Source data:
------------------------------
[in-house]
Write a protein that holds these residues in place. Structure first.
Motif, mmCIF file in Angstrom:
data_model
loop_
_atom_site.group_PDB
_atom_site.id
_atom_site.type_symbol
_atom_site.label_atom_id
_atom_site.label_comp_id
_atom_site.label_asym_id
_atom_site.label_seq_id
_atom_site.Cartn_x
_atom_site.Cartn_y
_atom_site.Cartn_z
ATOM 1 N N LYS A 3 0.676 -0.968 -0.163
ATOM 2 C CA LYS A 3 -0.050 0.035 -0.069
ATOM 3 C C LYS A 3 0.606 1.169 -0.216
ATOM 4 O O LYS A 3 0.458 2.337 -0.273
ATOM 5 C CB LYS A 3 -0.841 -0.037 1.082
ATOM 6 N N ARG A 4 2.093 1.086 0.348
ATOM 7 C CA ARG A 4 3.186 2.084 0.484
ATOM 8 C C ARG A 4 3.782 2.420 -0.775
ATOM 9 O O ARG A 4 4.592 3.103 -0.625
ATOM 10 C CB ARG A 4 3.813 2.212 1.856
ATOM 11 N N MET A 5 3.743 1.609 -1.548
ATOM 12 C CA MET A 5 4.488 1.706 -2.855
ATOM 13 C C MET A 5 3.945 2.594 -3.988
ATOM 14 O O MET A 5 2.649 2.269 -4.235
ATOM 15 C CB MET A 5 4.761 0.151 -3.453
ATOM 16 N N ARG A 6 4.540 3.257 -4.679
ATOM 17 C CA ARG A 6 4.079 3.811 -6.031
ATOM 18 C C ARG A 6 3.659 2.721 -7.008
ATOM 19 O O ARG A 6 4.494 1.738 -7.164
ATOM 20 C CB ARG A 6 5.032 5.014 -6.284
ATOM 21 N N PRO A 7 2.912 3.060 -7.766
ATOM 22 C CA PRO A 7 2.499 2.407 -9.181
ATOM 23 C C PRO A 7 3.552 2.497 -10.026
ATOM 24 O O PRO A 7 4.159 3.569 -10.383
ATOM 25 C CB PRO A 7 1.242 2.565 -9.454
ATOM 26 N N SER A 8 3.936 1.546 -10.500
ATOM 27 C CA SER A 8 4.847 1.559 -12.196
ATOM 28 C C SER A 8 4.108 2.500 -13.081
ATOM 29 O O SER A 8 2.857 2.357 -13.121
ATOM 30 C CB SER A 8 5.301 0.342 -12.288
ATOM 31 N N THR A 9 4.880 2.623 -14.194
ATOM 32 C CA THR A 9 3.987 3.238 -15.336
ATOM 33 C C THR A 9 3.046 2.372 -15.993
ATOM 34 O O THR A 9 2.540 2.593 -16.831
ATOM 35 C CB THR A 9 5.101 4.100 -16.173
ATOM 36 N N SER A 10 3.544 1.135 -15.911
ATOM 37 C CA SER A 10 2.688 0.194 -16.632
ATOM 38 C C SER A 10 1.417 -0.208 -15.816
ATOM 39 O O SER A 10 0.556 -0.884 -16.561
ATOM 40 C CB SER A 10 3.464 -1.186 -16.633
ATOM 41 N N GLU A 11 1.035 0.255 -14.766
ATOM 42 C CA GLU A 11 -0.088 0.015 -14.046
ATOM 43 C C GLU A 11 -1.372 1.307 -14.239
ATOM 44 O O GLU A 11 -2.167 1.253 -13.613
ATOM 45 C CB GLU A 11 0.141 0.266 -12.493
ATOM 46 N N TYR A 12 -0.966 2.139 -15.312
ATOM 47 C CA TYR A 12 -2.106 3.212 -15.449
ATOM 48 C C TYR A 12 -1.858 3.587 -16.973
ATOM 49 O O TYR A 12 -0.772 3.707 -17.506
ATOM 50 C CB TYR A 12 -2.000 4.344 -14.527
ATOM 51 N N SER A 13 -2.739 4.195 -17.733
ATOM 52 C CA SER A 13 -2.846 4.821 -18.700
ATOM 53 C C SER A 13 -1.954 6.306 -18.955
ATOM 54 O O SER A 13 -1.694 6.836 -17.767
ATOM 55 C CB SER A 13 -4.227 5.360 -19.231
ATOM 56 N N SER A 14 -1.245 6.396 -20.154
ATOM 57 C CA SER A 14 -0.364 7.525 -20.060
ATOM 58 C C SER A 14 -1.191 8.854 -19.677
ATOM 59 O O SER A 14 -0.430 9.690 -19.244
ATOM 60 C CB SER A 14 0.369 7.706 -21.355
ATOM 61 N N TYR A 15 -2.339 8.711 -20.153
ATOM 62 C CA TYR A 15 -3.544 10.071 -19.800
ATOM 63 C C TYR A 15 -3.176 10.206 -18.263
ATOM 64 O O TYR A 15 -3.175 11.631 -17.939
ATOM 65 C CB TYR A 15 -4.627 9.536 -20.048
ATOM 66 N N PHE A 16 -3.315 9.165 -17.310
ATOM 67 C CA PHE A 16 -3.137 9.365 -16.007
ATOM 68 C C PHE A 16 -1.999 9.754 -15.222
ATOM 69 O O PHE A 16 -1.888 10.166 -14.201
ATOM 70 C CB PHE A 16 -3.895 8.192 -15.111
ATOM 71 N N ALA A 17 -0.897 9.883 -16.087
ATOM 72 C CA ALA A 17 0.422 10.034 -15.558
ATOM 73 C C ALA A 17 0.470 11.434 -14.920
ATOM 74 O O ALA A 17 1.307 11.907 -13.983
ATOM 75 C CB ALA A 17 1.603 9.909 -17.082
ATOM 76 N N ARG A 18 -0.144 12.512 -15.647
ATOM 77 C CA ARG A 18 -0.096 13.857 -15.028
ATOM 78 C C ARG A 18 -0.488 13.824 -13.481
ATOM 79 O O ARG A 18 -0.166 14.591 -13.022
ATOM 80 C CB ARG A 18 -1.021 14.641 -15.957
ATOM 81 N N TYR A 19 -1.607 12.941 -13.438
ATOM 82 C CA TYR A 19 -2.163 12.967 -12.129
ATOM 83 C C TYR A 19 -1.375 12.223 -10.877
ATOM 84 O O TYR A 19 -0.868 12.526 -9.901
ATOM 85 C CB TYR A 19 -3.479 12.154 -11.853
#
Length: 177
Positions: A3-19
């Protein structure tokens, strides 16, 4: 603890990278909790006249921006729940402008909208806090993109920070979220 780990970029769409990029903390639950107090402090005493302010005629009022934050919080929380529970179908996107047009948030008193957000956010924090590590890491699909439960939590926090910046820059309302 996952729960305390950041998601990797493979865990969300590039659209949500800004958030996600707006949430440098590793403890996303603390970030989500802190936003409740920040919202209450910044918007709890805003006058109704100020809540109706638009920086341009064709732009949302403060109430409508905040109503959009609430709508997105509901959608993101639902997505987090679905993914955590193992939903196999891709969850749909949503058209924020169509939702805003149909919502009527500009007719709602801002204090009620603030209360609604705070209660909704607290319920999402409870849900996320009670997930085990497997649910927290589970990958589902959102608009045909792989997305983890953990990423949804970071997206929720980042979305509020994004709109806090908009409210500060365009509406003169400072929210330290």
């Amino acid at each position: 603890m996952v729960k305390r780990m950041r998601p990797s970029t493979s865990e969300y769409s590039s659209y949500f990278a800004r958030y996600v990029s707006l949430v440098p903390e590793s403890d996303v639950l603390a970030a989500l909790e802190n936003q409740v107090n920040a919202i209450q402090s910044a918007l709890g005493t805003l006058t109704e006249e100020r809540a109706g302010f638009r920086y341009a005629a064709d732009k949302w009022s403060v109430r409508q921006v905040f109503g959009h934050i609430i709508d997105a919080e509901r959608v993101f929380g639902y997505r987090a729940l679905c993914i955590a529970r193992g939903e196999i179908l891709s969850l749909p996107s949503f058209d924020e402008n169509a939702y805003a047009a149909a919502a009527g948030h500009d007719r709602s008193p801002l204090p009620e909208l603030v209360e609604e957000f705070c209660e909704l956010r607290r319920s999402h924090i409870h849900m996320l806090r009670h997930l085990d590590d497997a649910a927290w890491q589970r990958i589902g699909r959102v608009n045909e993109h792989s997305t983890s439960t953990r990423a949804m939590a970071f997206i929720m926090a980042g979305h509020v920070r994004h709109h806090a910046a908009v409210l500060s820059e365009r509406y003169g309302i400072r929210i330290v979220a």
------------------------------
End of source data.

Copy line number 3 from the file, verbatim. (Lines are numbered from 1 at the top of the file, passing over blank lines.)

Motif, mmCIF file in Angstrom: